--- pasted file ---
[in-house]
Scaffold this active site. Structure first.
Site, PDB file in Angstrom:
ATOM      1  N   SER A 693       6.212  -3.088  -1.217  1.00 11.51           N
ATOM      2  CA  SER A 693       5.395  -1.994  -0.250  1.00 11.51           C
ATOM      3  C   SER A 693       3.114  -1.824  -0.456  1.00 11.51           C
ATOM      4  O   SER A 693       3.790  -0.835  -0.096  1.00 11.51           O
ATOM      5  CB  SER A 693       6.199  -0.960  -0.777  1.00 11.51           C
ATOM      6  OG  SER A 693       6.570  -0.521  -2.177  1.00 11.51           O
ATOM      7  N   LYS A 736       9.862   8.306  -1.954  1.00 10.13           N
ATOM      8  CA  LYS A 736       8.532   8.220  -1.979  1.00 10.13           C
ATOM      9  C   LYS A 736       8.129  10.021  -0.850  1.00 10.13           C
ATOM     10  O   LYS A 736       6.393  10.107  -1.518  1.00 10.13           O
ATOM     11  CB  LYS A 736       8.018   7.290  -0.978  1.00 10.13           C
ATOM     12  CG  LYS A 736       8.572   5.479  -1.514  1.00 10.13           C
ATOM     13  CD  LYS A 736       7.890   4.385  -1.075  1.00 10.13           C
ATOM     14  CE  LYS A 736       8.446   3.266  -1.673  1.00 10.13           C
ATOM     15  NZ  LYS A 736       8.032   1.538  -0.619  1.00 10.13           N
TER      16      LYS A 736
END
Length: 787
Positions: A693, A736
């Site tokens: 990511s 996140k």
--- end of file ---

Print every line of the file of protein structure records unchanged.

[in-house]
Scaffold this active site. Structure first.
Site, PDB file in Angstrom:
ATOM      1  N   SER A 693       6.212  -3.088  -1.217  1.00 11.51           N
ATOM      2  CA  SER A 693       5.395  -1.994  -0.250  1.00 11.51           C
ATOM      3  C   SER A 693       3.114  -1.824  -0.456  1.00 11.51           C
ATOM      4  O   SER A 693       3.790  -0.835  -0.096  1.00 11.51           O
ATOM      5  CB  SER A 693       6.199  -0.960  -0.777  1.00 11.51           C
ATOM      6  OG  SER A 693       6.570  -0.521  -2.177  1.00 11.51           O
ATOM      7  N   LYS A 736       9.862   8.306  -1.954  1.00 10.13           N
ATOM      8  CA  LYS A 736       8.532   8.220  -1.979  1.00 10.13           C
ATOM      9  C   LYS A 736       8.129  10.021  -0.850  1.00 10.13           C
ATOM     10  O   LYS A 736       6.393  10.107  -1.518  1.00 10.13           O
ATOM     11  CB  LYS A 736       8.018   7.290  -0.978  1.00 10.13           C
ATOM     12  CG  LYS A 736       8.572   5.479  -1.514  1.00 10.13           C
ATOM     13  CD  LYS A 736       7.890   4.385  -1.075  1.00 10.13           C
ATOM     14  CE  LYS A 736       8.446   3.266  -1.673  1.00 10.13           C
ATOM     15  NZ  LYS A 736       8.032   1.538  -0.619  1.00 10.13           N
TER      16      LYS A 736
END
Length: 787
Positions: A693, A736
């Site tokens: 990511s 996140k």